In this chapter we review some of the essential topics that we will use later. This review will include the basics of topics such as set theory; the number system; exponents; logarithms; equations; inequalities, intervals, and absolute values; relations and functions; limits and continuity; sequences and series; and summation and product notations.

Section 1.2 discusses the fundamental concepts in set theory. This is followed by the number system and the associated properties in Section 1.3. Exponents and their laws are covered in Section 1.4. Section 1.5 reviews logarithms and their properties. A review of the basics of equations is provided in Section 1.6. Section 1.7 presents inequalities, intervals, and absolute values. A review of the fundamental ideas of relations and functions is given in Section 1.8. Limits and continuity are dealt with in Section 1.9. Sequences and series are covered in Section 1.10. We introduce some of the sum and product notations in Section 1.11.

### 1.2 Set Theory

#### 1.2.1 Meaning of sets

Sets play a crucial role in almost all branches of mathematics and are being increasingly used in economics, business, and finance. It is sometimes convenient to consider many items together. Such a collective entity is called a set. A set is defined as any well-defined list, collection, or class of objects. The objects in a set can be anything: students, numbers, vehicles, countries, trees, or anything else. Examples of sets include:

The people living in the city of New York.

The even numbers between 0 and 10.

The odd numbers between 0 and 10.

The numbers 1, 2, 3, 4, and 5.

#### 1.2.2 Set notations

Sets are usually denoted by uppercase letters such as A, B, C, X, Y, Z, etc. The objects in a set are called the elements or members of the set. These objects are usually denoted by lowercase letters such as a, b, c, x, y, z, etc. If x is an object in the set A, then x is called an element of the set and is denoted as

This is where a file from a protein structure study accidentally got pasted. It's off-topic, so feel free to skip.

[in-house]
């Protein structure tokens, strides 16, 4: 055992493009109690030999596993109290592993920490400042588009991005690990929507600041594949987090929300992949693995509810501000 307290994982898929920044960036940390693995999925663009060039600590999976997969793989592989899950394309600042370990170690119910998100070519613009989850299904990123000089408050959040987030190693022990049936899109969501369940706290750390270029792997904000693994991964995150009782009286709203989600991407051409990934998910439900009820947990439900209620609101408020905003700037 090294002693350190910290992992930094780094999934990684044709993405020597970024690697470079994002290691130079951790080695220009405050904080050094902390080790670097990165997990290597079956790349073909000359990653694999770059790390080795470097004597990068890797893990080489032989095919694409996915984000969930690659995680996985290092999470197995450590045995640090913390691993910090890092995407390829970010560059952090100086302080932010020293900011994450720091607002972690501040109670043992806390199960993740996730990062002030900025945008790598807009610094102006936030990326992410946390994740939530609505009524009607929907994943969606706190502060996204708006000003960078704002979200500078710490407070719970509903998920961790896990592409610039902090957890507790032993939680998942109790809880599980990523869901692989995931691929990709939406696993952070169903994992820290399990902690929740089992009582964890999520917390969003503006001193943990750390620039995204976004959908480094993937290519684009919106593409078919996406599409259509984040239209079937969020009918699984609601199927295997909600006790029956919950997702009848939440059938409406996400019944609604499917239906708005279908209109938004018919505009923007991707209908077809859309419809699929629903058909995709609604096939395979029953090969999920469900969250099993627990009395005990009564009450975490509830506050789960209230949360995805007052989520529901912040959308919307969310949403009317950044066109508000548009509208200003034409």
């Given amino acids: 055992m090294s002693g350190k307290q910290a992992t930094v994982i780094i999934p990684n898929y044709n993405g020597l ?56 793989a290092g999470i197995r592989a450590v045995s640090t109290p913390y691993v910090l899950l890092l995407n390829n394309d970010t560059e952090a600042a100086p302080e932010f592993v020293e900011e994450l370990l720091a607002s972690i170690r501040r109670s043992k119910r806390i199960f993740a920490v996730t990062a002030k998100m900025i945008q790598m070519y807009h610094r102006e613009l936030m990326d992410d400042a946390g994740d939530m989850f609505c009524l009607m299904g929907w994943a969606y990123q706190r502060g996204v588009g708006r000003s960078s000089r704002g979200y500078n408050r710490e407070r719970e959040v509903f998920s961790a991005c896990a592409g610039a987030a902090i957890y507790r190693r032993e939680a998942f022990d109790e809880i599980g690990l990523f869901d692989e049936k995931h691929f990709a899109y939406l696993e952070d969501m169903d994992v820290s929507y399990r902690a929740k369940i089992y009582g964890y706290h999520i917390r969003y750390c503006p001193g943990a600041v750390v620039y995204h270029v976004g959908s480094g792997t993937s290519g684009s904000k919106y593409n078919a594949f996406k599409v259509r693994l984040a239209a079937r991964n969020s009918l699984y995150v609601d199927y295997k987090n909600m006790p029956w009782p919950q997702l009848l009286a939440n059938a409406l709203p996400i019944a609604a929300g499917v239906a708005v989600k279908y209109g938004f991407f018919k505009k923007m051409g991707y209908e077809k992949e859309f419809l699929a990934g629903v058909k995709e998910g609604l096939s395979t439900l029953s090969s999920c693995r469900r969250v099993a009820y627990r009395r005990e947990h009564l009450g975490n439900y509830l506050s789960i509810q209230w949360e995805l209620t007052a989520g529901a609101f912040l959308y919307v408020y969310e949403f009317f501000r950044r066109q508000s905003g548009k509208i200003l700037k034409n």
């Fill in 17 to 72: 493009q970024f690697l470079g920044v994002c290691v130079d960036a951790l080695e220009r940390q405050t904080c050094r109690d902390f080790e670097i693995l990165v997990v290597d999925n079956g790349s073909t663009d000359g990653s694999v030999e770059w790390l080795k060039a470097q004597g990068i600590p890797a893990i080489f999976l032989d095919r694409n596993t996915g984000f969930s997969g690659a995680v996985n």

x ∈ A, and is read “*x* belongs to *A*” or “*x* is a member of *A*”

If *x* is not an object in *A*, then we may write it as

x ∈/ A, and is read “*x* does not belong to *A*” or “*x* is not a member of *A*”

We can represent a set by listing its elements and using {} notation. Assume that the set A

consists of numbers 2, 4, 6, 8, and 10. Then we may write the set *A* as

* A* = {2,4,6,8,10}

Notice that in the set *A* above we separated the elements by commas and enclosed them in curly brackets. We call this form of representation of a set the tabular form. Sets can also be represented by stating properties that its elements must satisfy. Assume that we want a set B of even numbers. Then we may write it as

B = {x | x is even}

which we read as “*B* is the set of numbers *x* such that *x* is even.” This form of representation

of a set is called the *set-builder form*.

#### 1.2.3 Equality of sets and subsets

Two sets A and B are said to be equal if they have the same elements; that is, if every element in A also belongs to B and if every element in B also belongs to A. Let A = {9, 8, 7, 6} and B = {8,7,9,6}. Then A = B. Notice that a set does not change if its elements are rearranged. Notice also that the set {1, 2, 3, 3, 4} = {1, 2, 3, 4}.